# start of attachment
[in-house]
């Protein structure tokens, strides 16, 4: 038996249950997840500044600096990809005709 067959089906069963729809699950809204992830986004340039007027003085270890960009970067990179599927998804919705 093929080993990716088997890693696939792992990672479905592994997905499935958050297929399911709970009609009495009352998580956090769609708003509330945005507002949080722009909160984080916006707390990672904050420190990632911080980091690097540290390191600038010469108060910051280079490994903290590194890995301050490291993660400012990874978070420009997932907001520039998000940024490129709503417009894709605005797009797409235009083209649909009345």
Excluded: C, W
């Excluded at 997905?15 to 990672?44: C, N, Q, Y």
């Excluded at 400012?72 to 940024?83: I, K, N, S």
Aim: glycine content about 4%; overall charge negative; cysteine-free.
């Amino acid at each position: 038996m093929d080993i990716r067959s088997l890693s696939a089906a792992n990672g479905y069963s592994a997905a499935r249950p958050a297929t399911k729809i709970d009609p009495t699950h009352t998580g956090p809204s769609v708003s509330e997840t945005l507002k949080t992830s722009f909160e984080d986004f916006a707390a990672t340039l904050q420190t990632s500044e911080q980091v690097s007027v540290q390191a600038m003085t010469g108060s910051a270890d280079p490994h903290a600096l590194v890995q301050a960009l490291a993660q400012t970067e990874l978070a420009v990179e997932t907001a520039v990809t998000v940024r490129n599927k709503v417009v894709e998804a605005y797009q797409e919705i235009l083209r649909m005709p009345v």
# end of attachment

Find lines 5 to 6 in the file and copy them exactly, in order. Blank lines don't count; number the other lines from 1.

């Excluded at 400012?72 to 940024?83: I, K, N, S």
Aim: glycine content about 4%; overall charge negative; cysteine-free.